Crying Wolf: Whither Higher Mortgage Rates

So where are these higher interest rates anyways?

Here was Mark Carney in December 2009 (ht “Anonymous”):

The governor of the Bank of Canada warned Wednesday [Dec 18 2009]  that consumers and banks should not be lulled into a false sense of security because of low interest rates.

In a speech in Toronto, Mark Carney, said both parties have a responsibility not to take risks that could derail the recovery.

Consumers are helping Canada’s economic recovery outpace that of its G7 partners, Carney said, but that the recovery remains vulnerable to over-indulgence.

“When risks are still manageable is precisely the best time to act,” Carney told a business audience. “We must be vigilant, and all parties must fulfill their responsibilities.”

And here he is last week:

Bank of Canada Governor Mark Carney is again urging homebuyers and banks to be prudent warning that not only will interest rates rise, but over the life of any mortgage, rates could be “much higher” than they are now.

“With monetary policy continuing to be set to achieve the inflation target, our institutions should not be lulled into a false sense of security by low interest rates,” he said in the speech Wednesday to the Vancouver Board of Trade. “Similarly, households will need to be prudent in their borrowing, recognizing that over the life of a mortgage, interest rates will often be much higher.”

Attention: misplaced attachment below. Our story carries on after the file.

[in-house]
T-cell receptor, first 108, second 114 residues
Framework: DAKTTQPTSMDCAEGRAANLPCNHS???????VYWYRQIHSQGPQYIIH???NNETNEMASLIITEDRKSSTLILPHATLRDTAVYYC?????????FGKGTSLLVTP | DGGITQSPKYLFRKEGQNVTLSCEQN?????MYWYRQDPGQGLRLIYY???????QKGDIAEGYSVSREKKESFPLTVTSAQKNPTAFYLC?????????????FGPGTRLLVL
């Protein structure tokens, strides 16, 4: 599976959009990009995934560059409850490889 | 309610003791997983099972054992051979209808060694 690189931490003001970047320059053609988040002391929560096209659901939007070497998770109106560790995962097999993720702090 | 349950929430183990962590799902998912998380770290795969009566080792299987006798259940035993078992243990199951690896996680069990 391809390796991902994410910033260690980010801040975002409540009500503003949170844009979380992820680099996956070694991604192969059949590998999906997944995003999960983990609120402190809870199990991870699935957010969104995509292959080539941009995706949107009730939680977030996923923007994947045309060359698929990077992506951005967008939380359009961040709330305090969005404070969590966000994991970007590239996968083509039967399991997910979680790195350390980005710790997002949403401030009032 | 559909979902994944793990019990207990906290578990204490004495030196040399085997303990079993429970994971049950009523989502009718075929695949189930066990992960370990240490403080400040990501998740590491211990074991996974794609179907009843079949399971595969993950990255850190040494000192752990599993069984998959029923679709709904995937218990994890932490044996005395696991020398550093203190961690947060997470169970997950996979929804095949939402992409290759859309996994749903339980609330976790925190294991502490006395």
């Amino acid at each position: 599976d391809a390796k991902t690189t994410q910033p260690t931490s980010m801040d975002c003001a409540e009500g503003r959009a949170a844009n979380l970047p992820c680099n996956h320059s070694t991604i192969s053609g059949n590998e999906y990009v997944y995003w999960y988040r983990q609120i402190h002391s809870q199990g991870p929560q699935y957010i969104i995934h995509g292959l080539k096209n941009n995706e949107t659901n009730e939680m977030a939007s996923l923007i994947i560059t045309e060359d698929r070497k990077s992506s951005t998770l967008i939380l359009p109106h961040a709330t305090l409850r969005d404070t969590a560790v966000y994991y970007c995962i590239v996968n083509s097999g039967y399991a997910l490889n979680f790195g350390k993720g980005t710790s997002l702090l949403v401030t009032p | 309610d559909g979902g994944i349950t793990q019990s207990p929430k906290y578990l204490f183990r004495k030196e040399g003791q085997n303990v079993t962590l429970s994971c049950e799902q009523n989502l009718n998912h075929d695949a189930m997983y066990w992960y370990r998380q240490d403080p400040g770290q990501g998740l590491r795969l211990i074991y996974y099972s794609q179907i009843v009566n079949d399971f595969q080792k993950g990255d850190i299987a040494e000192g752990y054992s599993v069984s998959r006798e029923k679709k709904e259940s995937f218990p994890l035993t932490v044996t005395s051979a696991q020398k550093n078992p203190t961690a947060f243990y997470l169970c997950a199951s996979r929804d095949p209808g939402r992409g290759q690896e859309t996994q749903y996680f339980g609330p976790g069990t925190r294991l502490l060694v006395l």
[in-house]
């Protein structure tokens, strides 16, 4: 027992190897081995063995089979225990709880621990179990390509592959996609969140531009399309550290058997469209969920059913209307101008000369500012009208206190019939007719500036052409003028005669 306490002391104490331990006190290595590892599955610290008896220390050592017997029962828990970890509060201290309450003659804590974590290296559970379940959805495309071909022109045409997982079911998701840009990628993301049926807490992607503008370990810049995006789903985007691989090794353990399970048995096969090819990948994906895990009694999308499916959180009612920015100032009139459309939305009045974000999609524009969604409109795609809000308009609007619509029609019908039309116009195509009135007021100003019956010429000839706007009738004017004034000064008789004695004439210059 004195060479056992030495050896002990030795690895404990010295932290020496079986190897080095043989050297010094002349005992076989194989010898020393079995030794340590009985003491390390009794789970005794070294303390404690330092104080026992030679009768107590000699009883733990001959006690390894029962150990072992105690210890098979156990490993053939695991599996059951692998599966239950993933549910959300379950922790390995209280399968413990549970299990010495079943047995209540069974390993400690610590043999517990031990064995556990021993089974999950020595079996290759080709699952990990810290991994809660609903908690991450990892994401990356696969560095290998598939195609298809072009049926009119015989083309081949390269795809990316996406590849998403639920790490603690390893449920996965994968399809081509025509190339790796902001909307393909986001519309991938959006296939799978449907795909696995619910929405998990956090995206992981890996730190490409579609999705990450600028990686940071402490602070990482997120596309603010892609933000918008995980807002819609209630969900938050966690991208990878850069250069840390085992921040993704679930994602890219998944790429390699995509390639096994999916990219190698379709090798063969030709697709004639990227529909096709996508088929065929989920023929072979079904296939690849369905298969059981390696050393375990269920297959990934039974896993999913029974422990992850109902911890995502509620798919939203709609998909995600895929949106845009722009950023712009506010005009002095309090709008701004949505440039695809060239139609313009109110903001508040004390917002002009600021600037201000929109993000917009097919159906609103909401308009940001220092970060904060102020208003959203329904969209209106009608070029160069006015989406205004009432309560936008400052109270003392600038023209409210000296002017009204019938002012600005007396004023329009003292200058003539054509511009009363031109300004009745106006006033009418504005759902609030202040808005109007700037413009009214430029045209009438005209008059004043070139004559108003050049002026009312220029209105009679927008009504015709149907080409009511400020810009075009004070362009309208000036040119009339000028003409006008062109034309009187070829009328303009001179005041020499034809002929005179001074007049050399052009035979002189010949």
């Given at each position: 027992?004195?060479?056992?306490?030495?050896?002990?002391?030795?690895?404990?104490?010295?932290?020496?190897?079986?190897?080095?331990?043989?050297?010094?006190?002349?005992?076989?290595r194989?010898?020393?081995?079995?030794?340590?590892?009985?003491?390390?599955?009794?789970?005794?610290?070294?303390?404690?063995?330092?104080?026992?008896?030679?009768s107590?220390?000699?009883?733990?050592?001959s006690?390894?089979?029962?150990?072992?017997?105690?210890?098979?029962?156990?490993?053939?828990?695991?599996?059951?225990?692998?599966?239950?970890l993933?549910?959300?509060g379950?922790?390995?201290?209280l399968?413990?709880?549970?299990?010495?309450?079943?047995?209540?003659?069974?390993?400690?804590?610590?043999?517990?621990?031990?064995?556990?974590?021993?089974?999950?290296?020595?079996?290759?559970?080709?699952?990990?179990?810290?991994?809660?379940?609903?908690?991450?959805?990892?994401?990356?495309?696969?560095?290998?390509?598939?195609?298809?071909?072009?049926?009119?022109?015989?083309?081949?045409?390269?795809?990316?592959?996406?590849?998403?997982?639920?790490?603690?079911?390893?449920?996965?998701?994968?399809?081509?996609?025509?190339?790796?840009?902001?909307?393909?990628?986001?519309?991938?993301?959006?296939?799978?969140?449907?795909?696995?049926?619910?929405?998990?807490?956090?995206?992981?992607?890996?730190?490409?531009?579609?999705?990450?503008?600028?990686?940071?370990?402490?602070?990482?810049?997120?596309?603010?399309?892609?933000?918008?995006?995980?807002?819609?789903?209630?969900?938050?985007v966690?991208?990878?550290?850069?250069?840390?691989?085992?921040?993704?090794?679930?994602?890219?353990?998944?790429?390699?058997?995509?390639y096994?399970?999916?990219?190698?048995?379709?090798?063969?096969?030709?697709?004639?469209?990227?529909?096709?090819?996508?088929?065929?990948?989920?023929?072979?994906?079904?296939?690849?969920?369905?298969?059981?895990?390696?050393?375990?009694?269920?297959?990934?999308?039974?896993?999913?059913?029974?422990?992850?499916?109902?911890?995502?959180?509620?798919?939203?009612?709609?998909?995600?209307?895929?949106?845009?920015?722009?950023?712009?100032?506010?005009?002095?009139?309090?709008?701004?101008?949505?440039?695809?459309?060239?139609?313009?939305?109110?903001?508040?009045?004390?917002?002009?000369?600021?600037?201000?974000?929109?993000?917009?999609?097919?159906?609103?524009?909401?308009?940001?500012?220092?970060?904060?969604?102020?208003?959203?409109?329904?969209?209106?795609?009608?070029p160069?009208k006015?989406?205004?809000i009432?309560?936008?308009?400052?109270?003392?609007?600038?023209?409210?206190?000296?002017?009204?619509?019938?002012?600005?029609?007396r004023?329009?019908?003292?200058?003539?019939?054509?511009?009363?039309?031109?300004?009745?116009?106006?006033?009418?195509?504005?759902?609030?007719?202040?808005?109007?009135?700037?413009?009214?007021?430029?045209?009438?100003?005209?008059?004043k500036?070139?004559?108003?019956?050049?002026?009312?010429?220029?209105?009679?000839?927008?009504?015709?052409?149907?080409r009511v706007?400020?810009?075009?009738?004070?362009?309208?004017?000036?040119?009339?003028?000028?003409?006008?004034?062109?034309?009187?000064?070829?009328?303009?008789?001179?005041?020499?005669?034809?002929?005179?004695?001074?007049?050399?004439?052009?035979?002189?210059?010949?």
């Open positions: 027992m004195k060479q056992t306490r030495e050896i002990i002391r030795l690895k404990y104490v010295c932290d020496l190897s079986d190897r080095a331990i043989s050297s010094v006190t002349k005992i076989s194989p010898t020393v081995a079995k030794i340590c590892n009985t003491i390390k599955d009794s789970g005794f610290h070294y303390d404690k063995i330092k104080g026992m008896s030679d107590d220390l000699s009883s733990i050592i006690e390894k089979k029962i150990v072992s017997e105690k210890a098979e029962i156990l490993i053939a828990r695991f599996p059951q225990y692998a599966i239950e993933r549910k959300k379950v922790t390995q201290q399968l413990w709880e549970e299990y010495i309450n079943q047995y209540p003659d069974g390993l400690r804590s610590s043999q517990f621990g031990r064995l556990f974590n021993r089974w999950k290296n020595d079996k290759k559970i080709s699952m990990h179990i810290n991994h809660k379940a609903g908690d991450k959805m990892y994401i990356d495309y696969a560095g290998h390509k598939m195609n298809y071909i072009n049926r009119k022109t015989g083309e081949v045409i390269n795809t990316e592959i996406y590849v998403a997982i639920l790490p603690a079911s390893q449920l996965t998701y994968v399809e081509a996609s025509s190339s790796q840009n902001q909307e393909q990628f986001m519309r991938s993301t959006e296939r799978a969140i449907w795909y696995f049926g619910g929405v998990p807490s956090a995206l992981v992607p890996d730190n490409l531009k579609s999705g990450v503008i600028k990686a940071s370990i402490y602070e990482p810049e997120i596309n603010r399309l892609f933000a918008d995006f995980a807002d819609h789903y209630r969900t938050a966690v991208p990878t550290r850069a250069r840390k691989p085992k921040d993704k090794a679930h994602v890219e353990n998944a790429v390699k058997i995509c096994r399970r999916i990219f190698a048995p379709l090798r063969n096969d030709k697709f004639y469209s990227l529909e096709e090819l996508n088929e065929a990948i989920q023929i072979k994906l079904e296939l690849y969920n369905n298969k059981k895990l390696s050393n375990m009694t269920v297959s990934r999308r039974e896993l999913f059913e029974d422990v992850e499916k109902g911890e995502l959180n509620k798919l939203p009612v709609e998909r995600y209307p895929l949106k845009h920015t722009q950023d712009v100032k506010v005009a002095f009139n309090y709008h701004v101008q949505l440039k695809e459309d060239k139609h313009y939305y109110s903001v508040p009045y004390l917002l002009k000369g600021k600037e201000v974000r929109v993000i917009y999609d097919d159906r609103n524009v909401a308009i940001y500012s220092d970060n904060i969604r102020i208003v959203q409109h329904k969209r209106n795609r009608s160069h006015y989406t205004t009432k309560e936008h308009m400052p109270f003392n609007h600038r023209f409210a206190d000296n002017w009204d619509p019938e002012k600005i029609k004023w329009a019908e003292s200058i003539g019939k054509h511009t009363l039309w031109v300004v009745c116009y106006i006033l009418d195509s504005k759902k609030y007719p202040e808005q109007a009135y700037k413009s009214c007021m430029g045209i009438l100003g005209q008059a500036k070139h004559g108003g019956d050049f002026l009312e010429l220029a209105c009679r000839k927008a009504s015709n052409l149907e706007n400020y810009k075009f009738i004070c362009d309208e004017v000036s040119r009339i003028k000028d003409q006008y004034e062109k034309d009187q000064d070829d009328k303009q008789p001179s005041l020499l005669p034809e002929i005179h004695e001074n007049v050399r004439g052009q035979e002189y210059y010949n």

And don’t bank on housing prices rising much further, he added, noting that Canadian home prices as a share of income have climbed well above their historical average and that investment in residential real estate has reached what in the past have been peaks.

“The average level of housing prices nationally now stands at nearly four-and-a-half times average household disposable income,” he said. “This compares with an average ratio of three-and-a-half over the past quarter century.

I’m sure rates will rise but from what I see there is

  • a lack of private investment
  • a looming house price bubble in Canada and parts of Asia
  • chronically high unemployment
  • an environment where all levels of government seem focused on balancing budgets.

Not exactly what one would call an environment for positive real rates. At some point in the future, when unemployment drops and the economy is running on all cylinders again, interest rates will rise, but it doesn’t look like it’s today. So when Carney barks at people for taking on too much debt and worrying households about rates going up, does he not think that people read Aesop’s Fables as children?

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Li Kai Shing
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Li Kai Shing

First…..in everytink !

Devore
Member
Devore

It's hard to see how a significant rate increase will work in the near future. So what is the purpose of C's and F's debt and interest rate scare? Is it just setting the stage to deflect eventual populist blame game? I could see a .25 increase soon, just to make the point and wake some people up.

Historically, is it obvious to those looking when rates are set to rise?

space889
Guest
space889